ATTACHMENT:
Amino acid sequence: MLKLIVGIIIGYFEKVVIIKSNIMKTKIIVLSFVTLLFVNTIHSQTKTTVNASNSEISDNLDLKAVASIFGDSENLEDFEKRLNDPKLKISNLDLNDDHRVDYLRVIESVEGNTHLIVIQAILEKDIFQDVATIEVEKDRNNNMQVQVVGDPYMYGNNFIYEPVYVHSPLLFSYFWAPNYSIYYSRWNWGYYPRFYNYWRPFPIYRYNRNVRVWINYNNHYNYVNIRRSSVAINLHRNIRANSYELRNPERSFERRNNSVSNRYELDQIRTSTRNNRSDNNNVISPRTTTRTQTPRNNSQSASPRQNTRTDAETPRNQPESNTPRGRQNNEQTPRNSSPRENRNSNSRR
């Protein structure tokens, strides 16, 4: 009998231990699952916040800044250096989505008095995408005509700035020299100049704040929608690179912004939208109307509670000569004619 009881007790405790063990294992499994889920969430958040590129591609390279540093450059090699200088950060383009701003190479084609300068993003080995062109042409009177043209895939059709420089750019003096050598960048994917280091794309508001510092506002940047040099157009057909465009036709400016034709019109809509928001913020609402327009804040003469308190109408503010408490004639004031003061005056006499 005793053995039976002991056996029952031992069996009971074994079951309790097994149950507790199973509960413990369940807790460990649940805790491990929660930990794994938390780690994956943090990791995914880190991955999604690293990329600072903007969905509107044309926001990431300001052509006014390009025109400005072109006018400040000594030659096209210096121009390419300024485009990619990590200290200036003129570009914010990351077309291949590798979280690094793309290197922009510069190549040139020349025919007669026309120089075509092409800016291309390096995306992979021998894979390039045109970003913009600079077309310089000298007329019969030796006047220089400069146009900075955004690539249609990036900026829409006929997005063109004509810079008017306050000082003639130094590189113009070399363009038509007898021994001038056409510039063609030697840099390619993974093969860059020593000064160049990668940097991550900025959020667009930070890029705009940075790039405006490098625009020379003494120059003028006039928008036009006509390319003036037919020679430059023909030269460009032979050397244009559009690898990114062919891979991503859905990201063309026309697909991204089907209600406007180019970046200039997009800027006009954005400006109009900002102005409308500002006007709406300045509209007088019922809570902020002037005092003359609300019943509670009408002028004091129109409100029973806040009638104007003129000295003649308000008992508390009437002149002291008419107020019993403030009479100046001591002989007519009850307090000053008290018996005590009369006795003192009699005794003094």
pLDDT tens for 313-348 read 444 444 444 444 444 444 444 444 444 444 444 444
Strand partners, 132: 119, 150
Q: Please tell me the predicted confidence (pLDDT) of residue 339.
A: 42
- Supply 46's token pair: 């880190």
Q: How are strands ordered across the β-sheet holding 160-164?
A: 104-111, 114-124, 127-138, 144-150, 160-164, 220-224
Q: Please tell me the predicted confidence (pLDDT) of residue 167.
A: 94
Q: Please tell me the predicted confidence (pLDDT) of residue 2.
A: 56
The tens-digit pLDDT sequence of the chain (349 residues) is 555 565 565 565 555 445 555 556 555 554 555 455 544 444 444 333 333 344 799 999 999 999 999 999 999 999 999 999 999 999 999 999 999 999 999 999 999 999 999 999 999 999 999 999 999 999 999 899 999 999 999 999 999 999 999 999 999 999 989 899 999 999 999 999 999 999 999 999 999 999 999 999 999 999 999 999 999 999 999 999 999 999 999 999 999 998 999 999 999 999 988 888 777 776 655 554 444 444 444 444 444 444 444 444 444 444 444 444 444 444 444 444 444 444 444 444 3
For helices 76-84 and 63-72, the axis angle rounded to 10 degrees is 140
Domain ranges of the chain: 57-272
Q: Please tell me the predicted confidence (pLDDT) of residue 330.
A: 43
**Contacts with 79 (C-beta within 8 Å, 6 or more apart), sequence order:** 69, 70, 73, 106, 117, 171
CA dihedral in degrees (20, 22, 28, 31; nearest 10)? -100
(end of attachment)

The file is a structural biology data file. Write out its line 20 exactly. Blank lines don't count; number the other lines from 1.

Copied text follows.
CA dihedral in degrees (20, 22, 28, 31; nearest 10)? -100